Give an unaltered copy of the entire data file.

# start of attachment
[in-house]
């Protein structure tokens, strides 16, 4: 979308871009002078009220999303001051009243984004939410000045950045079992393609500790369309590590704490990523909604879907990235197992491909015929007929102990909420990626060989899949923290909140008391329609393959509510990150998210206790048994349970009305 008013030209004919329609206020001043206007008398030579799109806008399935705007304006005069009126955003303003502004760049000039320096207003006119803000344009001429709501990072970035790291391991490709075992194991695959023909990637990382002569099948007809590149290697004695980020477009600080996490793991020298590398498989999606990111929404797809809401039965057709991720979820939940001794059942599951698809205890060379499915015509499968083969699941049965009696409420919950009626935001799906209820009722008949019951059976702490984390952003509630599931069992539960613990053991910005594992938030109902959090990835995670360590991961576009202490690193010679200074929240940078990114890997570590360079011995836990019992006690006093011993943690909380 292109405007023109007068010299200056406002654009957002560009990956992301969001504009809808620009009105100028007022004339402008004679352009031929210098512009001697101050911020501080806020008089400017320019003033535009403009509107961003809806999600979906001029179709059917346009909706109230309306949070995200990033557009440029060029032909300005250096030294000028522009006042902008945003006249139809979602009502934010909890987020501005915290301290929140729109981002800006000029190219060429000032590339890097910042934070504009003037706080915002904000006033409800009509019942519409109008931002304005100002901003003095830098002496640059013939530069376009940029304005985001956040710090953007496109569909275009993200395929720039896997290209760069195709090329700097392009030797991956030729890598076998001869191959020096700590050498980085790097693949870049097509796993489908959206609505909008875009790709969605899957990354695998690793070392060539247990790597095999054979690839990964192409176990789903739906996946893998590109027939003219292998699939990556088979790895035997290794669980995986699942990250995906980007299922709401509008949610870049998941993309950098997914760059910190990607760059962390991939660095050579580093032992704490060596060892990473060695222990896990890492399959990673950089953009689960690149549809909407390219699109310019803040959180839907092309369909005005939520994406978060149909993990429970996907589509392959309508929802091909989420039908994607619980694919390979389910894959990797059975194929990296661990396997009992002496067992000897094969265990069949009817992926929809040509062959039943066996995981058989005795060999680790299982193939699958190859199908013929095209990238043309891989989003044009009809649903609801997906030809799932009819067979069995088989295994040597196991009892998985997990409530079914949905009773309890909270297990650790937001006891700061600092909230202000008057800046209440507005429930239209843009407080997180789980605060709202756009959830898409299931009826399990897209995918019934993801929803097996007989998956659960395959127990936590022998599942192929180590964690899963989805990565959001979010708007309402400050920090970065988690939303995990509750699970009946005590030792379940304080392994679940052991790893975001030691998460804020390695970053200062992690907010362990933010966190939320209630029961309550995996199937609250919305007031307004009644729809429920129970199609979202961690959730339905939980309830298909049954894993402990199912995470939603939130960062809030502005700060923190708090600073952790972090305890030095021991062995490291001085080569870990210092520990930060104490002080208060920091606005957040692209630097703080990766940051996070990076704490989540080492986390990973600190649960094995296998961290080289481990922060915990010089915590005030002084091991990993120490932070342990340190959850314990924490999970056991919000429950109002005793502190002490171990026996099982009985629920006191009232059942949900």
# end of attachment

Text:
[in-house]
């Protein structure tokens, strides 16, 4: 979308871009002078009220999303001051009243984004939410000045950045079992393609500790369309590590704490990523909604879907990235197992491909015929007929102990909420990626060989899949923290909140008391329609393959509510990150998210206790048994349970009305 008013030209004919329609206020001043206007008398030579799109806008399935705007304006005069009126955003303003502004760049000039320096207003006119803000344009001429709501990072970035790291391991490709075992194991695959023909990637990382002569099948007809590149290697004695980020477009600080996490793991020298590398498989999606990111929404797809809401039965057709991720979820939940001794059942599951698809205890060379499915015509499968083969699941049965009696409420919950009626935001799906209820009722008949019951059976702490984390952003509630599931069992539960613990053991910005594992938030109902959090990835995670360590991961576009202490690193010679200074929240940078990114890997570590360079011995836990019992006690006093011993943690909380 292109405007023109007068010299200056406002654009957002560009990956992301969001504009809808620009009105100028007022004339402008004679352009031929210098512009001697101050911020501080806020008089400017320019003033535009403009509107961003809806999600979906001029179709059917346009909706109230309306949070995200990033557009440029060029032909300005250096030294000028522009006042902008945003006249139809979602009502934010909890987020501005915290301290929140729109981002800006000029190219060429000032590339890097910042934070504009003037706080915002904000006033409800009509019942519409109008931002304005100002901003003095830098002496640059013939530069376009940029304005985001956040710090953007496109569909275009993200395929720039896997290209760069195709090329700097392009030797991956030729890598076998001869191959020096700590050498980085790097693949870049097509796993489908959206609505909008875009790709969605899957990354695998690793070392060539247990790597095999054979690839990964192409176990789903739906996946893998590109027939003219292998699939990556088979790895035997290794669980995986699942990250995906980007299922709401509008949610870049998941993309950098997914760059910190990607760059962390991939660095050579580093032992704490060596060892990473060695222990896990890492399959990673950089953009689960690149549809909407390219699109310019803040959180839907092309369909005005939520994406978060149909993990429970996907589509392959309508929802091909989420039908994607619980694919390979389910894959990797059975194929990296661990396997009992002496067992000897094969265990069949009817992926929809040509062959039943066996995981058989005795060999680790299982193939699958190859199908013929095209990238043309891989989003044009009809649903609801997906030809799932009819067979069995088989295994040597196991009892998985997990409530079914949905009773309890909270297990650790937001006891700061600092909230202000008057800046209440507005429930239209843009407080997180789980605060709202756009959830898409299931009826399990897209995918019934993801929803097996007989998956659960395959127990936590022998599942192929180590964690899963989805990565959001979010708007309402400050920090970065988690939303995990509750699970009946005590030792379940304080392994679940052991790893975001030691998460804020390695970053200062992690907010362990933010966190939320209630029961309550995996199937609250919305007031307004009644729809429920129970199609979202961690959730339905939980309830298909049954894993402990199912995470939603939130960062809030502005700060923190708090600073952790972090305890030095021991062995490291001085080569870990210092520990930060104490002080208060920091606005957040692209630097703080990766940051996070990076704490989540080492986390990973600190649960094995296998961290080289481990922060915990010089915590005030002084091991990993120490932070342990340190959850314990924490999970056991919000429950109002005793502190002490171990026996099982009985629920006191009232059942949900």